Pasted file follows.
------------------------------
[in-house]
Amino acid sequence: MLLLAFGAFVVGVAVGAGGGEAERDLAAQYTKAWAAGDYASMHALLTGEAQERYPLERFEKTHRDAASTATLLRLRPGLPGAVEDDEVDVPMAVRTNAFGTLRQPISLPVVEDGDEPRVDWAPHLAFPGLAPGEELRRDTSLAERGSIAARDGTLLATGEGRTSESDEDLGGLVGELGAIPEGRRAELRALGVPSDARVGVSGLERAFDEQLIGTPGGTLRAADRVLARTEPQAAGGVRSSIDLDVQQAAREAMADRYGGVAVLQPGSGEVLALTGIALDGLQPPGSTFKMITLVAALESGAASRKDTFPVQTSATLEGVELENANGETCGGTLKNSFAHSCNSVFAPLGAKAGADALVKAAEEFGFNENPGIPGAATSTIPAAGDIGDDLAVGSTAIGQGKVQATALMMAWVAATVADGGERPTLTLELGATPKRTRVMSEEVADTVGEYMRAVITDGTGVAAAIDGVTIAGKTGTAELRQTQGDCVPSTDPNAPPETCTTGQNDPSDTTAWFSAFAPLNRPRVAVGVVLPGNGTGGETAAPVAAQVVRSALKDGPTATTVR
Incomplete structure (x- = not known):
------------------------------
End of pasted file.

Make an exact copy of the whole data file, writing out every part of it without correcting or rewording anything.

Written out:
[in-house]
Amino acid sequence: MLLLAFGAFVVGVAVGAGGGEAERDLAAQYTKAWAAGDYASMHALLTGEAQERYPLERFEKTHRDAASTATLLRLRPGLPGAVEDDEVDVPMAVRTNAFGTLRQPISLPVVEDGDEPRVDWAPHLAFPGLAPGEELRRDTSLAERGSIAARDGTLLATGEGRTSESDEDLGGLVGELGAIPEGRRAELRALGVPSDARVGVSGLERAFDEQLIGTPGGTLRAADRVLARTEPQAAGGVRSSIDLDVQQAAREAMADRYGGVAVLQPGSGEVLALTGIALDGLQPPGSTFKMITLVAALESGAASRKDTFPVQTSATLEGVELENANGETCGGTLKNSFAHSCNSVFAPLGAKAGADALVKAAEEFGFNENPGIPGAATSTIPAAGDIGDDLAVGSTAIGQGKVQATALMMAWVAATVADGGERPTLTLELGATPKRTRVMSEEVADTVGEYMRAVITDGTGVAAAIDGVTIAGKTGTAELRQTQGDCVPSTDPNAPPETCTTGQNDPSDTTAWFSAFAPLNRPRVAVGVVLPGNGTGGETAAPVAAQVVRSALKDGPTATTVR
Incomplete structure (x- = not known):